When the electronic doors to the iTunes Music Store first opened, Steve Jobs made sure to point out that Apple wasn't making a penny off of this new service. Instead, he explained that the store's revenue was used to cover the costs to develop the software and host the service, while any leftovers went to the copywright holders.
So, why bother to create the service if you're not making any dough? Simple, the store acted as a loss leader to sell more iPods (which orginally had a higher profit margin). More iPods, not more iTunes, would create cash for Apple.
But here's the thing, the argument is bogus on multiple fronts. First, iTunes never really acted as a loss leader...People weren't convinced to buy an iPod after seeing iTMS...heck, most iPod buyers didn't even visit iTMS until after they had bought an iPod. Second, I never believed that Apple wasn't making any money with iTMS. After reading about one dollar songs in Wired it was clear that there had to be enough inefficiency in the music biz to still make a profit selling songs for a buck.
"Operators of downloading services need to set prices by keeping in mind that it is substantially cheaper to deliver an electronic file than a packaged CD or single."
"The appropriate price of a downloaded song is 18 cents. At that price, he said, the songwriter and publisher could receive eight cents per song, the inflation-adjusted sum they are entitled to under the Copyright Act of 1976. The performer and label would get another eight cents, leaving a couple of pennies for the distributor."
Earlier today, I came across a story that seemed to validate these beliefs. Robert X. Cringely writes that "in the long run, iTunes is were the money is". He mentions that in the near future, Apple may look to license iPod clones. (comments in italics added by me)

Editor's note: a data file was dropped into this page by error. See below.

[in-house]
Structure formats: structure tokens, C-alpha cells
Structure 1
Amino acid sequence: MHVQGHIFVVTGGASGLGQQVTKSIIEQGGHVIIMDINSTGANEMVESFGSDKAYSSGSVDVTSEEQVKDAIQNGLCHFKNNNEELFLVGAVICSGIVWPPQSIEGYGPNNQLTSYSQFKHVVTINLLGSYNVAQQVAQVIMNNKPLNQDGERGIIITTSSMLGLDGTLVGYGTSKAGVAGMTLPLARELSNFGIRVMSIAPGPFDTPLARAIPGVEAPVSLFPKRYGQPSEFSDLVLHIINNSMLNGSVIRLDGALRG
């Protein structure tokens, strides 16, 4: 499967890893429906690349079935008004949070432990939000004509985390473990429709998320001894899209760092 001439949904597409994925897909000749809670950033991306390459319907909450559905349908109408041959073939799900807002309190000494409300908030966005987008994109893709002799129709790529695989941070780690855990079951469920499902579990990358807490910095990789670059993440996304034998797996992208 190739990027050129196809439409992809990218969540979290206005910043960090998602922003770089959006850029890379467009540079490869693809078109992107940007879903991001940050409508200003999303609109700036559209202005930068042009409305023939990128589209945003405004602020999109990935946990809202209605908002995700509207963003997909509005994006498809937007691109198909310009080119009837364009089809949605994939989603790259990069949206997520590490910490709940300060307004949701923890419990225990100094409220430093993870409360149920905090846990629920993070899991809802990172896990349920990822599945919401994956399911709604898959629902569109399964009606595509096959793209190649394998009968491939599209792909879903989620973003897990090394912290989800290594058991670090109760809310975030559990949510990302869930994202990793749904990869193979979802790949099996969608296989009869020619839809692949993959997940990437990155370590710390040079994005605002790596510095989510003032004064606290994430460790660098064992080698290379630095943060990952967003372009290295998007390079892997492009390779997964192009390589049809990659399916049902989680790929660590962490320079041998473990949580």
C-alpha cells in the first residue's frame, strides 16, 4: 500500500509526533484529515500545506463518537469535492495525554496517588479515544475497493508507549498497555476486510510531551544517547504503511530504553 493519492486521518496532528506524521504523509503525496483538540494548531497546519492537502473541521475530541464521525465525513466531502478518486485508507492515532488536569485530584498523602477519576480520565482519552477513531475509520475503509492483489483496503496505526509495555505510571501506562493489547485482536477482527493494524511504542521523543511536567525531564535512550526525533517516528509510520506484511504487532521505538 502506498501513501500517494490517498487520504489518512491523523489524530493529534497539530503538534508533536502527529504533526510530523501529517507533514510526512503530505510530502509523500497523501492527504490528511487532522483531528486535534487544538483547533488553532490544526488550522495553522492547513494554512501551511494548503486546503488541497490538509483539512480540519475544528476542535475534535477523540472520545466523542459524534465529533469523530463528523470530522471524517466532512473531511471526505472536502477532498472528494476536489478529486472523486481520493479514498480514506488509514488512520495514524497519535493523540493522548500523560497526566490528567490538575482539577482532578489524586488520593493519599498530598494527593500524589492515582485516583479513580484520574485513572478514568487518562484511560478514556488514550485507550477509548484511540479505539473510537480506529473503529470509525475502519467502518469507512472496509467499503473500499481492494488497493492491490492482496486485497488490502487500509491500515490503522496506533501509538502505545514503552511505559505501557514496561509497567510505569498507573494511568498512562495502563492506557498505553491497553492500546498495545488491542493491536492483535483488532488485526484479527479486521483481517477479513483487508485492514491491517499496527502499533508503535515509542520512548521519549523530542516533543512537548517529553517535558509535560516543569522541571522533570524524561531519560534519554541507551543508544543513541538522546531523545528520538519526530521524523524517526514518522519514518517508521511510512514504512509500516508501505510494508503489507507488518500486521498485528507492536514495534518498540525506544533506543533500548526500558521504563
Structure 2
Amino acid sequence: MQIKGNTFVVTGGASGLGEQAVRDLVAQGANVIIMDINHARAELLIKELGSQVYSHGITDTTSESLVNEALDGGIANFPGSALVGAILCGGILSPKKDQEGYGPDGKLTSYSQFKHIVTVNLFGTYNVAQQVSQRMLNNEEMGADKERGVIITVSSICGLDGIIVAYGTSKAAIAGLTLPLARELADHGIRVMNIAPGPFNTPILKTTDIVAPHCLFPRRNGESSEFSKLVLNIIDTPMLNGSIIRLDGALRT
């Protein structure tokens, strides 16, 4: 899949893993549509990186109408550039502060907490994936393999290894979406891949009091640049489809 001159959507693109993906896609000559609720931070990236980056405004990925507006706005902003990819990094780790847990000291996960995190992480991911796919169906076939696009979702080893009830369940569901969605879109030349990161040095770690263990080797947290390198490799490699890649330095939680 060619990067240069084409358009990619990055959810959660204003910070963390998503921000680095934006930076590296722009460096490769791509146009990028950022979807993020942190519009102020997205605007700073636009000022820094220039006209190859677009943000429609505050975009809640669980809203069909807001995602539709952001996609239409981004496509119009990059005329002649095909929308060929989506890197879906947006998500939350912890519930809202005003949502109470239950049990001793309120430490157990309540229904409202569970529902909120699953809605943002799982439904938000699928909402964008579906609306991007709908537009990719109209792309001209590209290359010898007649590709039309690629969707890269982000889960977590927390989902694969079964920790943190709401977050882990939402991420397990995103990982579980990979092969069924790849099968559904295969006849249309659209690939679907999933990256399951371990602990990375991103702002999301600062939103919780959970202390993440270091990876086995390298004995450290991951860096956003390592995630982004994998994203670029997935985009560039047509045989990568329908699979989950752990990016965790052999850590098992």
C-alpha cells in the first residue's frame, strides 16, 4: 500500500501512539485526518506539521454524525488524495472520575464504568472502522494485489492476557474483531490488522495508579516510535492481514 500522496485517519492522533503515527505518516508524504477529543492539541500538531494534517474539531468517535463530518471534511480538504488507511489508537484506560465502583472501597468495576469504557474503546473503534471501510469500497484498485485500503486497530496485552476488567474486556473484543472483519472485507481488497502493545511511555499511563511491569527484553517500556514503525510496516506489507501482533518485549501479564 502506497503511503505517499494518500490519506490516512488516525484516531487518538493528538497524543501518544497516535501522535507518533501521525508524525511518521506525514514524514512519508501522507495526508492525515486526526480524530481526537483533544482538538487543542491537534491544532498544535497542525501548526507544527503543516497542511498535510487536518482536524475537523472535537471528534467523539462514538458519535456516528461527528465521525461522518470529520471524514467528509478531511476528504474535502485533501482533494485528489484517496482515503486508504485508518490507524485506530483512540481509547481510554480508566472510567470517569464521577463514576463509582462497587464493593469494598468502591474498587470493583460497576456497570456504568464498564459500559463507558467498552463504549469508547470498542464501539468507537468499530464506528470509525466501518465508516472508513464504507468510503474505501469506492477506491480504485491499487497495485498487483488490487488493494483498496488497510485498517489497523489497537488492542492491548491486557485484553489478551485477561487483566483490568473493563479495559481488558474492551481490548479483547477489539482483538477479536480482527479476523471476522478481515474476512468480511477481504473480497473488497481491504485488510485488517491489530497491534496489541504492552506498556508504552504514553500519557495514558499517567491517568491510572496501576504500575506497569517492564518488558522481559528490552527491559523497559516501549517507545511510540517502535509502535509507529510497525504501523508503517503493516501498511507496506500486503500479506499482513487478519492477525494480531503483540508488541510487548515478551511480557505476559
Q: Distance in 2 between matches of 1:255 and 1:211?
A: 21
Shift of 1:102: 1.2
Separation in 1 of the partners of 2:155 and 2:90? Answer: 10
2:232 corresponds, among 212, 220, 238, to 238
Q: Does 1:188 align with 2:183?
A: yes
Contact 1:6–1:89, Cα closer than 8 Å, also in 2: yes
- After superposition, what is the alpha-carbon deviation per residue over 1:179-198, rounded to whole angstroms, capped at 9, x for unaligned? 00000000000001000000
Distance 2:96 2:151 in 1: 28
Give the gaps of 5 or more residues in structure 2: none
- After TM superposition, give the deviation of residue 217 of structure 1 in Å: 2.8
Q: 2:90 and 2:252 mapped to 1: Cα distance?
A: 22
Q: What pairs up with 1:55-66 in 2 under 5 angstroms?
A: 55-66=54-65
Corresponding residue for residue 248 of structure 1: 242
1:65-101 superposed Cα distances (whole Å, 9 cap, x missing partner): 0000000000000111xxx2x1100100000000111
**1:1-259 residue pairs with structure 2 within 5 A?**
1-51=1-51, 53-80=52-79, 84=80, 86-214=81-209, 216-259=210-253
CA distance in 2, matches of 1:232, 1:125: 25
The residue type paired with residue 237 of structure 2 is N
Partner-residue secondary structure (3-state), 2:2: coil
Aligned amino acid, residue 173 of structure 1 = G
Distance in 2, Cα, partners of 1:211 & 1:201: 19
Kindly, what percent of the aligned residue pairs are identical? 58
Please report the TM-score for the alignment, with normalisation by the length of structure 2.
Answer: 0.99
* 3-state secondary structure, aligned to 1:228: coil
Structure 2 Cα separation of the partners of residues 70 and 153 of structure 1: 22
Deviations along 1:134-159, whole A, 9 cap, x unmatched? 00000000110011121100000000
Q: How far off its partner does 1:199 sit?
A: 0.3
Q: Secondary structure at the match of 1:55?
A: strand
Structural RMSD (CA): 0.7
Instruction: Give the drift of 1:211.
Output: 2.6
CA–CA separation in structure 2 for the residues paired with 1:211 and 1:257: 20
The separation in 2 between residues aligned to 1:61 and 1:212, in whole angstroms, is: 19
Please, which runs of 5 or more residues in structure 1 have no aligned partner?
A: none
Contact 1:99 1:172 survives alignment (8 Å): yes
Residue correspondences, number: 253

"But Steve Jobs HATES clones, doesn't he? He killed the Mac clones back in the late 90s.
What Steve hates is hardware competition, but iPod clones will only happen at a point when Apple has decided to get out of the business of making its own iPods (I don't think they ever will completely exit this business, there will always be a premium Apple iPod to choose.) Think about it. If Apple licensed iPod technology, the company would receive from its OEMs a per-CPU license fee of anywhere from $5 to $25...As Apple's profit drops on each iPod, eventually the per-CPU figure will approach what Apple might receive from licensees. At that moment it makes more sense for Apple to license clones than it does to make more iPods. Licensing clones AT THE RIGHT TIME would lead to huge clone sales, effectively killing any significant iTunes competitor. And in the long run, iTunes is where the money is."
So there you have it, insert your own Star Wars flavored tagline about Apple getting back into the clone biz.
Why iTMS is just a facelift for a corrupt industry.